News 23 Mar 12

Bosnia Minister Tells Striking Ex-Soldiers to Wait

Finance minister says authorities cannot deal with pension demands of around a thousand ex-soldiers until the state budget has been set.

Elvira Jukic
BIRN
Sarajevo

Bosnian Finance Nikola Spiric said the state goverment had been unable to solve the ex-fighters' demand as the budget for 2012 was still not ready.

Around a thousand former soldiers have been protesting in front of the government building since Wednesday with some staging a hunger strike.

Spiric said the next session of the Council of Minister, whose date is not set, will have a budget draft ready, after which the authorities will be in a better position to reimburse the former soldiers.

He said he understood why they were striking in demand for their pensions, but at the moment, until the budget is complete, the Finance Ministry can make no moves.

Spiric recalled that the Council of Ministers did not support the law that allowed soldiers over 35 to take early retirement in exchange for pensions in 2010 when it was adopted by the State Parliament.

It was obvious even then that the measure could not be implemented due to lack of money for such purposes, he remarked.

“That law was bad and unethical and its implementation could lead Bosnia into [financial] anarchy,” Spiric said.

He suggested that the law should be scrapped before more debts pile up, stating that the country may not easily find money to pay pensions to thousands of newcomers in their thirties.

The country currently owes some 15 million euro to more than 1,500 early retired soldiers and Spiric has suggested there may be a way to pay their pensions, while abolishing the law so that there are no more young ex-military pensioners.

“By the time those 1,750 former soldiers move onto old-age pensions the country will have  had to find some 150 million euro,” Spiric said. "I wonder who will provide the money.”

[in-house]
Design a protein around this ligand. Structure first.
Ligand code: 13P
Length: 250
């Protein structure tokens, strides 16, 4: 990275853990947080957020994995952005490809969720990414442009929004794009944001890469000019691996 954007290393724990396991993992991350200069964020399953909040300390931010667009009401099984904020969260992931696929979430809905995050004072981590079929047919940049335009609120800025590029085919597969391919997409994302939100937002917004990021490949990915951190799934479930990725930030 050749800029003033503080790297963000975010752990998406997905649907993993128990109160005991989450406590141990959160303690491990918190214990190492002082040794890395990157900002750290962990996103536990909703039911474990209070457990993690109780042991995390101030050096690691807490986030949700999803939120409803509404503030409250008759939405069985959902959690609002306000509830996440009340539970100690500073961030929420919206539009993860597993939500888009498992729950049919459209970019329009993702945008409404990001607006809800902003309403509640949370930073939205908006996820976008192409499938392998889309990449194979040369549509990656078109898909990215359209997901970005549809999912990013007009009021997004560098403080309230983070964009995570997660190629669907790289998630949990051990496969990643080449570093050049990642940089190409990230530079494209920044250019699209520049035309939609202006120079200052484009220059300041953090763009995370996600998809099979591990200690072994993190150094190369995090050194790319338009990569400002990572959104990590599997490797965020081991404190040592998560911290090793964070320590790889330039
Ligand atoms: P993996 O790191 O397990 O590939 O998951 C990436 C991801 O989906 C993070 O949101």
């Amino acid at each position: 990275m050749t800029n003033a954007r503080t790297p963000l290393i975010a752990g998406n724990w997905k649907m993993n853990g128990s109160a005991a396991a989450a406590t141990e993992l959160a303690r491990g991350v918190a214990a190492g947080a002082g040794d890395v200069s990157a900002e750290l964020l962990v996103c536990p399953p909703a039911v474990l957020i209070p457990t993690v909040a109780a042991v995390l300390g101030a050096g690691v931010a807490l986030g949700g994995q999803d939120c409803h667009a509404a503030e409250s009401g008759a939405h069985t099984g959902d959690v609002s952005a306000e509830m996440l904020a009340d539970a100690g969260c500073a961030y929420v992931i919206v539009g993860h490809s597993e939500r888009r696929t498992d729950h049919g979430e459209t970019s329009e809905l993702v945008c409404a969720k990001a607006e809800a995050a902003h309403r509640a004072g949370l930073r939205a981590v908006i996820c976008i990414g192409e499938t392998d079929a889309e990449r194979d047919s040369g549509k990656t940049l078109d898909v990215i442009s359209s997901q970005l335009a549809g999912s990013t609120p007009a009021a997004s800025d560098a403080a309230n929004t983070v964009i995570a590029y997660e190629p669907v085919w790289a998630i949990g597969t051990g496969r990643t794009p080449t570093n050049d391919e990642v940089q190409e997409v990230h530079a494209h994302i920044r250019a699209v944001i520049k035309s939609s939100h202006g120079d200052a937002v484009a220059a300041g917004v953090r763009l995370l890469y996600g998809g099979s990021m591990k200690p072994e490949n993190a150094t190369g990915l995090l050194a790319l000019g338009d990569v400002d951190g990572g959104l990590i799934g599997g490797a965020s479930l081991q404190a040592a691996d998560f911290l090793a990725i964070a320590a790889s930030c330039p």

Spiric said Bosnia needed reforms and not implementation of bad laws that were adopted at the behest of lawmakers hunting for votes at elections.

Bosnian officials adopted a Global Fiscal Framework for 2012-14 on March 14, which lays the basis for a state budget. The state currently runs its institutions on temporary financing.

The Global Fiscal Framework defined that the budget would be some worth 486 million euro. It must now be finalized and adopted by the Council of Ministers.

Spiric said the budget draft plans to lower officials' salaries, which could save some 20 million euro.

This article is Premium Content. In order to gain access to it, please login to your account below if you are already a Premium Subscriber, or subscribe to one of our Premium Content packages.

Buy Premium Subscription

Our Premium Service gives you full access to all content published on BalkanInsight.com, including analyses, investigations, comments, interviews and more. Choose your subscription today and get unparalleled in-depth coverage of the Western Balkans.

Buy Premium Subscription

If you have trouble logging in or any other questions regarding you account, please contact us

Talk about it!

blog comments powered by Disqus

Subscribe to Our Newsletter